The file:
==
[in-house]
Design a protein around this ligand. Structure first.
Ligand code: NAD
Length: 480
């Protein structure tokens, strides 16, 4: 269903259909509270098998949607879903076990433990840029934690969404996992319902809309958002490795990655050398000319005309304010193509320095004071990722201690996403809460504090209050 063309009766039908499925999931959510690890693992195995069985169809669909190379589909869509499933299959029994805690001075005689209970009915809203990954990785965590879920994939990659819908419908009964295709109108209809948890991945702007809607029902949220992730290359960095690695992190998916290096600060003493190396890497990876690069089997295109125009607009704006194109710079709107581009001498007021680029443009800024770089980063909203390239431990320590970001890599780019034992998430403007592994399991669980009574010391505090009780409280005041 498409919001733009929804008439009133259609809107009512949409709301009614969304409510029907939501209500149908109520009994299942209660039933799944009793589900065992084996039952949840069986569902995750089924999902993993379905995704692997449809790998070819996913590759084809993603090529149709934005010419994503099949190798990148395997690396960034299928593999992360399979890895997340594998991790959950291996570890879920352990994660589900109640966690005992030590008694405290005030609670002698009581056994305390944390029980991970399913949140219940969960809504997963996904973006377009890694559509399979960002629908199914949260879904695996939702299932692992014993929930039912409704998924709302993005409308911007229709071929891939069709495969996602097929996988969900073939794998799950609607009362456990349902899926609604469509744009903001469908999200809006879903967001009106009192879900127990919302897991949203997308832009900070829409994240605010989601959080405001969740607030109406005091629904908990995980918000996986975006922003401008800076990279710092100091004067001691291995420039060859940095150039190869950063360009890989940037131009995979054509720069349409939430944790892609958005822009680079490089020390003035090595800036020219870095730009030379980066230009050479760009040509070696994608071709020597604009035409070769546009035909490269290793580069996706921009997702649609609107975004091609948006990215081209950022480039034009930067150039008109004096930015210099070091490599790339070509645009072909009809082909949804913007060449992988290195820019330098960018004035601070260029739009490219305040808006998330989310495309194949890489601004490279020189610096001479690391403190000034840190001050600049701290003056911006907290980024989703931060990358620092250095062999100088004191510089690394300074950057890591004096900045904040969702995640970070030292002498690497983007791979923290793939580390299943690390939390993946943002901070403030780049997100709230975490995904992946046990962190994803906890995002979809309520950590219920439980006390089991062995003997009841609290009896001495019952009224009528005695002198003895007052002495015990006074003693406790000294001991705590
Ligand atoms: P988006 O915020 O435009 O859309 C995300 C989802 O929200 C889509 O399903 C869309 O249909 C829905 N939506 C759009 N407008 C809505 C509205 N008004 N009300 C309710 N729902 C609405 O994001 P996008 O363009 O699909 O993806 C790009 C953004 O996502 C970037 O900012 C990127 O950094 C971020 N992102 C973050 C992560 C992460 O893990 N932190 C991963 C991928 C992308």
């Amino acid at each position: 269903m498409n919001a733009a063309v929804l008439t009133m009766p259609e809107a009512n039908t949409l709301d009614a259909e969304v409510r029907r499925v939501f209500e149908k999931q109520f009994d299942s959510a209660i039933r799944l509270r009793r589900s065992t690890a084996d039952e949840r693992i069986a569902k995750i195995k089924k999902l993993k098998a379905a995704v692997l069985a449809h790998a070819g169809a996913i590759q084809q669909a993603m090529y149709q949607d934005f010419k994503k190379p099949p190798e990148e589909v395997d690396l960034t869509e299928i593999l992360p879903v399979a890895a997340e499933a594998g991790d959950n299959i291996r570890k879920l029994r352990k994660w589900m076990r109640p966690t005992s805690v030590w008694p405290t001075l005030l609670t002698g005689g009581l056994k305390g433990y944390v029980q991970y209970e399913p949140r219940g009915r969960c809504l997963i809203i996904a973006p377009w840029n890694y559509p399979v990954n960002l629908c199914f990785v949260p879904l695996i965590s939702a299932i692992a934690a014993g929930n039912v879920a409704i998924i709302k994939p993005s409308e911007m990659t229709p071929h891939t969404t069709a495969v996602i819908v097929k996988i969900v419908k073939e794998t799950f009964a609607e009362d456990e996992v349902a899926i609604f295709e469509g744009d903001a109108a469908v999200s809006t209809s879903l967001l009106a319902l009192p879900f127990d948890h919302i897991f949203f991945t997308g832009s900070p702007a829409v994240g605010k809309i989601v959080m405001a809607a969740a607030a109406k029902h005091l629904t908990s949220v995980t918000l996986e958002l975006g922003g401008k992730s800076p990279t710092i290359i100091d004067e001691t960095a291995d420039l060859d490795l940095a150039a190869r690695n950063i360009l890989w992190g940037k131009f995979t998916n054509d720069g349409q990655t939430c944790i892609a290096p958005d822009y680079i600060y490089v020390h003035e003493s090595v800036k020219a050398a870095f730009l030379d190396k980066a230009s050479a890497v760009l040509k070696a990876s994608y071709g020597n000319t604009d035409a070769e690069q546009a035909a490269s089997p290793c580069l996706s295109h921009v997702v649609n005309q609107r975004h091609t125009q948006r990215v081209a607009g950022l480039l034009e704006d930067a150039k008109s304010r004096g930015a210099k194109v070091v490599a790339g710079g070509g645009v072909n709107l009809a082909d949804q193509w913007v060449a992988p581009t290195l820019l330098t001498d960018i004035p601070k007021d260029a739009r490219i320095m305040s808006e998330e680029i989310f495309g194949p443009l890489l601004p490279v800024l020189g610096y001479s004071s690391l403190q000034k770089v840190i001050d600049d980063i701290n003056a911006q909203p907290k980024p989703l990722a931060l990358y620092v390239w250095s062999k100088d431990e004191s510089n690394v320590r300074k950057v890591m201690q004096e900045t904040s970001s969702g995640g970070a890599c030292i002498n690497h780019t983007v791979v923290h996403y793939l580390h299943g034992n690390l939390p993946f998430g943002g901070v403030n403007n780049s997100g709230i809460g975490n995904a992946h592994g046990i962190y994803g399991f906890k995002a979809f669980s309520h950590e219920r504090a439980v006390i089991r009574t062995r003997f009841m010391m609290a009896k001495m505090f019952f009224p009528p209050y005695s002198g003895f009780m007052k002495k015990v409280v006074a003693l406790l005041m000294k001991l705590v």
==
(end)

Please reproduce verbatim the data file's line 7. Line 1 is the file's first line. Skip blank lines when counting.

């Amino acid at each position: 269903m498409n919001a733009a063309v929804l008439t009133m009766p259609e809107a009512n039908t949409l709301d009614a259909e969304v409510r029907r499925v939501f209500e149908k999931q109520f009994d299942s959510a209660i039933r799944l509270r009793r589900s065992t690890a084996d039952e949840r693992i069986a569902k995750i195995k089924k999902l993993k098998a379905a995704v692997l069985a449809h790998a070819g169809a996913i590759q084809q669909a993603m090529y149709q949607d934005f010419k994503k190379p099949p190798e990148e589909v395997d690396l960034t869509e299928i593999l992360p879903v399979a890895a997340e499933a594998g991790d959950n299959i291996r570890k879920l029994r352990k994660w589900m076990r109640p966690t005992s805690v030590w008694p405290t001075l005030l609670t002698g005689g009581l056994k305390g433990y944390v029980q991970y209970e399913p949140r219940g009915r969960c809504l997963i809203i996904a973006p377009w840029n890694y559509p399979v990954n960002l629908c199914f990785v949260p879904l695996i965590s939702a299932i692992a934690a014993g929930n039912v879920a409704i998924i709302k994939p993005s409308e911007m990659t229709p071929h891939t969404t069709a495969v996602i819908v097929k996988i969900v419908k073939e794998t799950f009964a609607e009362d456990e996992v349902a899926i609604f295709e469509g744009d903001a109108a469908v999200s809006t209809s879903l967001l009106a319902l009192p879900f127990d948890h919302i897991f949203f991945t997308g832009s900070p702007a829409v994240g605010k809309i989601v959080m405001a809607a969740a607030a109406k029902h005091l629904t908990s949220v995980t918000l996986e958002l975006g922003g401008k992730s800076p990279t710092i290359i100091d004067e001691t960095a291995d420039l060859d490795l940095a150039a190869r690695n950063i360009l890989w992190g940037k131009f995979t998916n054509d720069g349409q990655t939430c944790i892609a290096p958005d822009y680079i600060y490089v020390h003035e003493s090595v800036k020219a050398a870095f730009l030379d190396k980066a230009s050479a890497v760009l040509k070696a990876s994608y071709g020597n000319t604009d035409a070769e690069q546009a035909a490269s089997p290793c580069l996706s295109h921009v997702v649609n005309q609107r975004h091609t125009q948006r990215v081209a607009g950022l480039l034009e704006d930067a150039k008109s304010r004096g930015a210099k194109v070091v490599a790339g710079g070509g645009v072909n709107l009809a082909d949804q193509w913007v060449a992988p581009t290195l820019l330098t001498d960018i004035p601070k007021d260029a739009r490219i320095m305040s808006e998330e680029i989310f495309g194949p443009l890489l601004p490279v800024l020189g610096y001479s004071s690391l403190q000034k770089v840190i001050d600049d980063i701290n003056a911006q909203p907290k980024p989703l990722a931060l990358y620092v390239w250095s062999k100088d431990e004191s510089n690394v320590r300074k950057v890591m201690q004096e900045t904040s970001s969702g995640g970070a890599c030292i002498n690497h780019t983007v791979v923290h996403y793939l580390h299943g034992n690390l939390p993946f998430g943002g901070v403030n403007n780049s997100g709230i809460g975490n995904a992946h592994g046990i962190y994803g399991f906890k995002a979809f669980s309520h950590e219920r504090a439980v006390i089991r009574t062995r003997f009841m010391m609290a009896k001495m505090f019952f009224p009528p209050y005695s002198g003895f009780m007052k002495k015990v409280v006074a003693l406790l005041m000294k001991l705590v």